How Nasa is photographing the world in 90 minutes

By Nicola Irwin
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How Nasa is photographing the world in 90 minutes

The crew on the International Space Station is on a photography mission.

The crew on board the International Space Station is on a mission to photograph the world in 90 minutes.

The #1World1Orbit adventure is inspired by an 80s photography project called A Day In The Life Of America – which saw 200 photojournalists set out across the US to capture the life of a nation in a single day. This later turned into a book series.

For this space version, Randy Bresnik, the commander of Expedition 53, is spending one full orbit – a 90-minute journey – photographing the planet from the ISS which orbits at five miles per second.

The route started above the UK, then crossed Europe and Oman and will touch the Maldives. It will see a sunset west of Australia and a sunrise over the Pacific Ocean before passing above Mexico, the US and parts of Canada.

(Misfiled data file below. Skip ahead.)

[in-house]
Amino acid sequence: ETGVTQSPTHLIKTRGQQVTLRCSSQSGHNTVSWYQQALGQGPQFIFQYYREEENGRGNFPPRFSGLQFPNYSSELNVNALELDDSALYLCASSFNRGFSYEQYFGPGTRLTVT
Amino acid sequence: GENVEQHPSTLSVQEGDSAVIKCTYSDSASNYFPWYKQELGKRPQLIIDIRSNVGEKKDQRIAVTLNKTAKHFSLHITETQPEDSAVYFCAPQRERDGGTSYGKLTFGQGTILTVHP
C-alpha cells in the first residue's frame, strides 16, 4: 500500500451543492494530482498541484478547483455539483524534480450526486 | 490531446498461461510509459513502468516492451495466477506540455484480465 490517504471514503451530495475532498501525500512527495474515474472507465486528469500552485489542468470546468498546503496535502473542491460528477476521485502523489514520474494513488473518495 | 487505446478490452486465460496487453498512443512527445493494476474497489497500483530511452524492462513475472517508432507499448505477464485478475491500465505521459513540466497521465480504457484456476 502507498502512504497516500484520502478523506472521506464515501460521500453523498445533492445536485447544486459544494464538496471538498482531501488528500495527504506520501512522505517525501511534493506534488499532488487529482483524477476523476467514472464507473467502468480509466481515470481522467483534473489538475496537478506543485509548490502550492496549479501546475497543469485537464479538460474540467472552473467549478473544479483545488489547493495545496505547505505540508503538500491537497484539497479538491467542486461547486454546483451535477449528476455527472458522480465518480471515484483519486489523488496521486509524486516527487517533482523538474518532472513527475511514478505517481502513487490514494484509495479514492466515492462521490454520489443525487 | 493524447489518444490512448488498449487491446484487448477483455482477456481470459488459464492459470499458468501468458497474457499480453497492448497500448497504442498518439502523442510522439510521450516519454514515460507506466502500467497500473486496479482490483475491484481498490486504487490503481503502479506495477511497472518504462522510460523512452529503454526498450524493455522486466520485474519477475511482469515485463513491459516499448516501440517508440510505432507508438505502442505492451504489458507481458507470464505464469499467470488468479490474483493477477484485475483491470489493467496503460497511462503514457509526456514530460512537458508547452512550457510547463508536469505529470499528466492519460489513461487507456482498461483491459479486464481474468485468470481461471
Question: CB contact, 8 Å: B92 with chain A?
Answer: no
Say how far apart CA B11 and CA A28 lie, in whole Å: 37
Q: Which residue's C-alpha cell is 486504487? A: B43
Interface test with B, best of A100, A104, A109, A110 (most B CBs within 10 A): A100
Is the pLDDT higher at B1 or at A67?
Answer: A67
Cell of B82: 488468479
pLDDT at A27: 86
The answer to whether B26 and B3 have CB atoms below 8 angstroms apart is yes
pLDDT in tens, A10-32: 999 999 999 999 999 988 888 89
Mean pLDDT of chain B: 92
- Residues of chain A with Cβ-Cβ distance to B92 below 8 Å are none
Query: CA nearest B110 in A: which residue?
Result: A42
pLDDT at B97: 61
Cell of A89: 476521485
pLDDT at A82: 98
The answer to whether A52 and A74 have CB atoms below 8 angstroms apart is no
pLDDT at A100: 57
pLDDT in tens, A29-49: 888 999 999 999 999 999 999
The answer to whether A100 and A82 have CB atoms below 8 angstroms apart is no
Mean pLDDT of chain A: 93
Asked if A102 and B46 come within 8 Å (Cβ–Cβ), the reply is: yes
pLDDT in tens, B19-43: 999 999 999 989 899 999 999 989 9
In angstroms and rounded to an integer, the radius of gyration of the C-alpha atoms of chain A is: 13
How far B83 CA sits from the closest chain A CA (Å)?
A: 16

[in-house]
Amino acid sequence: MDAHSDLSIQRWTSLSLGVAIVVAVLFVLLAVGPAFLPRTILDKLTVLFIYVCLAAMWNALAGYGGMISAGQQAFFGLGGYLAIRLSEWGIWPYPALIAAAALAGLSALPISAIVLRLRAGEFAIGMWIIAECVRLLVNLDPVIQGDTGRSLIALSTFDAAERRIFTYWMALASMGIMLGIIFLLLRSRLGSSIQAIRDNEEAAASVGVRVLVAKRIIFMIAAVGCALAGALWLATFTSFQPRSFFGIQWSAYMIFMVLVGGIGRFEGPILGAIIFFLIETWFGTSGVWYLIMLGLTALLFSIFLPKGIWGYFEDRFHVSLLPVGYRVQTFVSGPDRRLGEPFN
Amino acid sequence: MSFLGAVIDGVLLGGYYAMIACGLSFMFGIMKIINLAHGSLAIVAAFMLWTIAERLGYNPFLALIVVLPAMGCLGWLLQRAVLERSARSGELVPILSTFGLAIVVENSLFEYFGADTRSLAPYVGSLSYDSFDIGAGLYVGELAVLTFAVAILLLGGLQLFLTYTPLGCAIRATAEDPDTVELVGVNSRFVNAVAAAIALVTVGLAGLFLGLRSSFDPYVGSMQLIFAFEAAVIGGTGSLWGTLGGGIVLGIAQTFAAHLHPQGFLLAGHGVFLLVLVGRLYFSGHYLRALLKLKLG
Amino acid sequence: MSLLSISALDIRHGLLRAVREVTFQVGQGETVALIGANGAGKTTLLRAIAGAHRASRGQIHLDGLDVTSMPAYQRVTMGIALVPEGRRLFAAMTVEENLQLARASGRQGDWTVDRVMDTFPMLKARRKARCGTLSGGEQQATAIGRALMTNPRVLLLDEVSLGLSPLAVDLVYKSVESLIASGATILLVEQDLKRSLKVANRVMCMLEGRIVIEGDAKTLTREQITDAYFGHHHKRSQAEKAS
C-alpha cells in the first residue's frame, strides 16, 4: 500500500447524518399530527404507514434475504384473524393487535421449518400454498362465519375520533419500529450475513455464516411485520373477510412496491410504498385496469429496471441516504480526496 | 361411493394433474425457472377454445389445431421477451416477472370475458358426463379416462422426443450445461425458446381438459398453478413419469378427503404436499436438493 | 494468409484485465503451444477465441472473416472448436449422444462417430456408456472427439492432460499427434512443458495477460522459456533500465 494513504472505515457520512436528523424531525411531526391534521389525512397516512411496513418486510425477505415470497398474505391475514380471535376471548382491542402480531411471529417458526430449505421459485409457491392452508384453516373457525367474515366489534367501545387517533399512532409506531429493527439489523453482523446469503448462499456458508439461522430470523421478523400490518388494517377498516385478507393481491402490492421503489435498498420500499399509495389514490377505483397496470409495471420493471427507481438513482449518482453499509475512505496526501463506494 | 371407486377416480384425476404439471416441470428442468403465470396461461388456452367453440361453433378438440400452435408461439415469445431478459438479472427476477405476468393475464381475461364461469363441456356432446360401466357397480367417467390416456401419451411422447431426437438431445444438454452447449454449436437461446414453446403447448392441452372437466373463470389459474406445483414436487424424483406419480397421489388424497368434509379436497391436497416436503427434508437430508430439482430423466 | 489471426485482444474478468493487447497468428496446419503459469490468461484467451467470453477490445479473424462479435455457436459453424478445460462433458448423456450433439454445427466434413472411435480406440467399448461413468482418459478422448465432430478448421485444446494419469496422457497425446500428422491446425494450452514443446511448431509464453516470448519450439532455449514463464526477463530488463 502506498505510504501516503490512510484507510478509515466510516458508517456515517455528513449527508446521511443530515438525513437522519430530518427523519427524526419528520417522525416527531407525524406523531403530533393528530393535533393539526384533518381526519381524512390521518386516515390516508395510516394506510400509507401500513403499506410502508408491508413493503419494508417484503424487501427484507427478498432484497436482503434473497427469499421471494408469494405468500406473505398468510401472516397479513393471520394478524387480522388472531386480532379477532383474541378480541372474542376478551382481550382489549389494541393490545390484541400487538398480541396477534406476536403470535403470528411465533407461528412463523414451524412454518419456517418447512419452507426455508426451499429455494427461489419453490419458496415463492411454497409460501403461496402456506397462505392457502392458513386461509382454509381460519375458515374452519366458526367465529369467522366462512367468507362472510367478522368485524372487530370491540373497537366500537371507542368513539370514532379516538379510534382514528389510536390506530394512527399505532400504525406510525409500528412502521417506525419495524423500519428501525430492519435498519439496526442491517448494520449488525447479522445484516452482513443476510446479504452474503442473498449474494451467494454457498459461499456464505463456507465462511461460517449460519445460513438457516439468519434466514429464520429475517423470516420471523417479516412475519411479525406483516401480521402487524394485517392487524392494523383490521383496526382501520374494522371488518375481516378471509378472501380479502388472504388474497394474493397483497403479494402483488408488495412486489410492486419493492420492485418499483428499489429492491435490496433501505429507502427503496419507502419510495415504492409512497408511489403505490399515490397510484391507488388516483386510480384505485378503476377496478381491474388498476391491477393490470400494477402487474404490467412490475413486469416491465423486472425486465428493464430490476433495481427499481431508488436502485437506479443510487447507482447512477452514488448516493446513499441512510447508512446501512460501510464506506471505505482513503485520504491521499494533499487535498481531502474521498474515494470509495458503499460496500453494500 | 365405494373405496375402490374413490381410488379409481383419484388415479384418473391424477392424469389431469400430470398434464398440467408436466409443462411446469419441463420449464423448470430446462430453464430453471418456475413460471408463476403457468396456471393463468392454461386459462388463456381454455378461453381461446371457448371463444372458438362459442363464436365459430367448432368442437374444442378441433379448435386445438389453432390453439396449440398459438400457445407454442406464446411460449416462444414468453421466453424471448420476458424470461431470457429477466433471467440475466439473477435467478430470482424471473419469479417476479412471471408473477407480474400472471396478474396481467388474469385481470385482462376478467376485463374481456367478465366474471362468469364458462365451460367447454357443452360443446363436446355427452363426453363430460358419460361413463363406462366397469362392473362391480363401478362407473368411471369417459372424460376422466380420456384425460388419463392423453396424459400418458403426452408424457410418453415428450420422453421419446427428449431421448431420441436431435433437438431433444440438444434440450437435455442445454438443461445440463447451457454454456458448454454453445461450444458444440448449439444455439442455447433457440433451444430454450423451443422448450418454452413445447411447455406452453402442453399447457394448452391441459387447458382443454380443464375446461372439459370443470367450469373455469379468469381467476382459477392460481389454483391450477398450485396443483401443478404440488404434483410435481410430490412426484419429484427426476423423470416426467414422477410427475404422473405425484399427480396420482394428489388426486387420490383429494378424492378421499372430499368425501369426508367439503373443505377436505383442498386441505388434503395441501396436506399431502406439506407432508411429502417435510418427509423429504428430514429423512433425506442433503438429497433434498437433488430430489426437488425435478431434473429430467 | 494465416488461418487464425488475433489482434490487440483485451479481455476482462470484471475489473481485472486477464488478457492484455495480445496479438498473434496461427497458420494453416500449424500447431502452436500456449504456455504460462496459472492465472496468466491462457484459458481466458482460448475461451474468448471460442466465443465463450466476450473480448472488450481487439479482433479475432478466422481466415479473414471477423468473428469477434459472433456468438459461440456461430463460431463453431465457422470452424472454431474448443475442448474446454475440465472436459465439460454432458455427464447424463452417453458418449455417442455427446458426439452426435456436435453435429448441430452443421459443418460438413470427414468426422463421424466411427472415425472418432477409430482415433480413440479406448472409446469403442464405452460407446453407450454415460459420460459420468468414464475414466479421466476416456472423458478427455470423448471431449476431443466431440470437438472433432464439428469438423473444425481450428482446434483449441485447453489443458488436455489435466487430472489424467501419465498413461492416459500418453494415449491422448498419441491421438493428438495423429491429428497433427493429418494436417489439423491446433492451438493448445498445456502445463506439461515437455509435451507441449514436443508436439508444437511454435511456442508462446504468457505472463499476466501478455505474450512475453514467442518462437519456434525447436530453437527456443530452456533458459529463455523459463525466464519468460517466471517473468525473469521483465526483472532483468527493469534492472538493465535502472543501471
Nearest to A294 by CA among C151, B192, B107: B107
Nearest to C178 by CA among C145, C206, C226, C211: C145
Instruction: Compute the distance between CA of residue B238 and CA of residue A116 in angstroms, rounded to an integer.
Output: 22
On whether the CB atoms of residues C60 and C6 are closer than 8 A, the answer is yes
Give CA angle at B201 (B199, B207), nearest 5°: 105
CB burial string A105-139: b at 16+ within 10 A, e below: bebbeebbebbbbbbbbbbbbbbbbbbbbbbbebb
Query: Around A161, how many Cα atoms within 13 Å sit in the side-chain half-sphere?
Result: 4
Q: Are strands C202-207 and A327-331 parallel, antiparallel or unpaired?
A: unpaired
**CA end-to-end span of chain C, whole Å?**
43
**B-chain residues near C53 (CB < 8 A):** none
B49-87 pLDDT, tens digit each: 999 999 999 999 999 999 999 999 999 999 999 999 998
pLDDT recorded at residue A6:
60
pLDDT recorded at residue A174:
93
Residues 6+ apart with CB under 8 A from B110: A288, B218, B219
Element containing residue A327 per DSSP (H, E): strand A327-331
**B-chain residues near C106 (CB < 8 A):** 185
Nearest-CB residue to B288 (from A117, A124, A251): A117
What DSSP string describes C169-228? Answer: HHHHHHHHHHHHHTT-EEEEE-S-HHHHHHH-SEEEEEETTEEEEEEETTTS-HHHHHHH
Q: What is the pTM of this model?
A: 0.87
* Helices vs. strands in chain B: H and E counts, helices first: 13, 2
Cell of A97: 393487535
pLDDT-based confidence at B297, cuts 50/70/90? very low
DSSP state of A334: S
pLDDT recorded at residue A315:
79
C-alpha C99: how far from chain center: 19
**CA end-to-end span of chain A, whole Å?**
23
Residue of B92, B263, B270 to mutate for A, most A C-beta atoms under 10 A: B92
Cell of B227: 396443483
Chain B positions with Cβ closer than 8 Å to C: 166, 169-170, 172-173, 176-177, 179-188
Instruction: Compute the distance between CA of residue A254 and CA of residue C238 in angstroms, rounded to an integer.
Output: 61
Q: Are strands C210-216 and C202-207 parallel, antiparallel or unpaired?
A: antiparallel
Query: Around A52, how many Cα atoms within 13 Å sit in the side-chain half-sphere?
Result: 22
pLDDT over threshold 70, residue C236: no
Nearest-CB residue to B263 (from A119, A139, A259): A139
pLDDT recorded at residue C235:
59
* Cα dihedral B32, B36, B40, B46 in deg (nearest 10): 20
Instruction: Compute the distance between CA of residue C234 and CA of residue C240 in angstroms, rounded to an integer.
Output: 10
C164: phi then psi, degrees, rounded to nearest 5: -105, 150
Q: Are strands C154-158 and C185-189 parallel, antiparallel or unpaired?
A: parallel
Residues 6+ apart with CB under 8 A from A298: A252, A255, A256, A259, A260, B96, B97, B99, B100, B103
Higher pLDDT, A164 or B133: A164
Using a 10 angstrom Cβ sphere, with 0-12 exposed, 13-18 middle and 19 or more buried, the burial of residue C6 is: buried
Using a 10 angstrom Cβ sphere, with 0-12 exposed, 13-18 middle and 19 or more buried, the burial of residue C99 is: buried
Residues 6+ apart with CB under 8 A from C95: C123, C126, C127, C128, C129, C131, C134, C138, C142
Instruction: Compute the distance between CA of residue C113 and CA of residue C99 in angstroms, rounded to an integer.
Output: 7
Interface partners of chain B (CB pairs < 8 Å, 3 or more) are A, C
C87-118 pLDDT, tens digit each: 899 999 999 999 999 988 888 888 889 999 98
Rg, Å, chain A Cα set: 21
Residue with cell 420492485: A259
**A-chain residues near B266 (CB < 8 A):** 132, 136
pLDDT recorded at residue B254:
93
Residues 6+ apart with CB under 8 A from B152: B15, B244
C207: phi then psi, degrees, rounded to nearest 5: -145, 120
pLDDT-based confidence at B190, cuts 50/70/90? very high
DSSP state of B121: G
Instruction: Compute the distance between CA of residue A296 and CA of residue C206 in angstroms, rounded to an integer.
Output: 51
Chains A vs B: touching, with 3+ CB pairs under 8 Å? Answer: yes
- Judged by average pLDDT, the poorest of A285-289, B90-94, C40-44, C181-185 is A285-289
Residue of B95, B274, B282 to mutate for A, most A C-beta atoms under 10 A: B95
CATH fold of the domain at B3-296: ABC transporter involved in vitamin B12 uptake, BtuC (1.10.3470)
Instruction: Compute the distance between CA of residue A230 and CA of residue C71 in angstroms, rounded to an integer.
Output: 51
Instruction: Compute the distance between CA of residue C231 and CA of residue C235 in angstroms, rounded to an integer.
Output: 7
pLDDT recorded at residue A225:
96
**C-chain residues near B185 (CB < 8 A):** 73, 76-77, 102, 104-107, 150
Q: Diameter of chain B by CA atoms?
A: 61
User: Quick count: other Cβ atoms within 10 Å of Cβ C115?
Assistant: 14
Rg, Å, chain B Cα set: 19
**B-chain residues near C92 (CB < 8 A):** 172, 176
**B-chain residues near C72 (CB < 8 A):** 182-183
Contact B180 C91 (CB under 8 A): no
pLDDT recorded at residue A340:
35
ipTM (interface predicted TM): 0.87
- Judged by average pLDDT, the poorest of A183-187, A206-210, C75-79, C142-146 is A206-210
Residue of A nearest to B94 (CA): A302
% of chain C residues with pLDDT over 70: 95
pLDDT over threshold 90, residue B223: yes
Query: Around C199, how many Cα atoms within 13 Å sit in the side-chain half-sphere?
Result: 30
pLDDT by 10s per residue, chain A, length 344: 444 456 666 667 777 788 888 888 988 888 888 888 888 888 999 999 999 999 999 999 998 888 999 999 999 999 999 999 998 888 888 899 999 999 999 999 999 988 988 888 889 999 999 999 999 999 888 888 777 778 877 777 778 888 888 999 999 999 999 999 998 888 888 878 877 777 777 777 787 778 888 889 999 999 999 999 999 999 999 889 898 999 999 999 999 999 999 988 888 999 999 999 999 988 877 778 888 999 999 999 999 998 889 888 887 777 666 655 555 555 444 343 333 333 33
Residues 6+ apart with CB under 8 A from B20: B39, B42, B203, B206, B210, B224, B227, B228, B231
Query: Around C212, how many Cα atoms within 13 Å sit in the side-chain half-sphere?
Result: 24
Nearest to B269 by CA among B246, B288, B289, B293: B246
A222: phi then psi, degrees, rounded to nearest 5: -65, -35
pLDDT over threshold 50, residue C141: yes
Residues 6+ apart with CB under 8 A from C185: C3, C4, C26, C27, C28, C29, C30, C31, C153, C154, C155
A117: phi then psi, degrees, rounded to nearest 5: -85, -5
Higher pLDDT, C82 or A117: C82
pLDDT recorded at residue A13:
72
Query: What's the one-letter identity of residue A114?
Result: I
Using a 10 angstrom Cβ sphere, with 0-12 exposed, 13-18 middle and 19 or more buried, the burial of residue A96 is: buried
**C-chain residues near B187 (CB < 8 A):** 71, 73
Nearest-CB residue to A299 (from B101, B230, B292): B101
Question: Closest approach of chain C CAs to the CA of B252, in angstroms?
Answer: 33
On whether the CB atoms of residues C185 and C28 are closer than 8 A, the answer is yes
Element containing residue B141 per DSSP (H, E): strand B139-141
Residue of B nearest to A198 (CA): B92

“You can’t look at the Earth and not be changed,” Bresnik said. “You realize every experience you’ve ever had and every person you’ve ever known is down on that little blue marble.”

He is taking pictures from the ISS’s cupola – a 360-degree window which faces towards the Earth about 250 miles above the planet.

But just as important is for the people on Earth to share their pictures of where they are.

Together Nasa and the astronauts want to capture “a moment in time”.

Nasa will share pictures from the series in the coming days and weeks.

THe US leg of the orbit sees the ISS fly above Houston, Memphis, Nashville, Cincinnati and Niagra Falls before it goes above Montreal and Ottawa in Canada.

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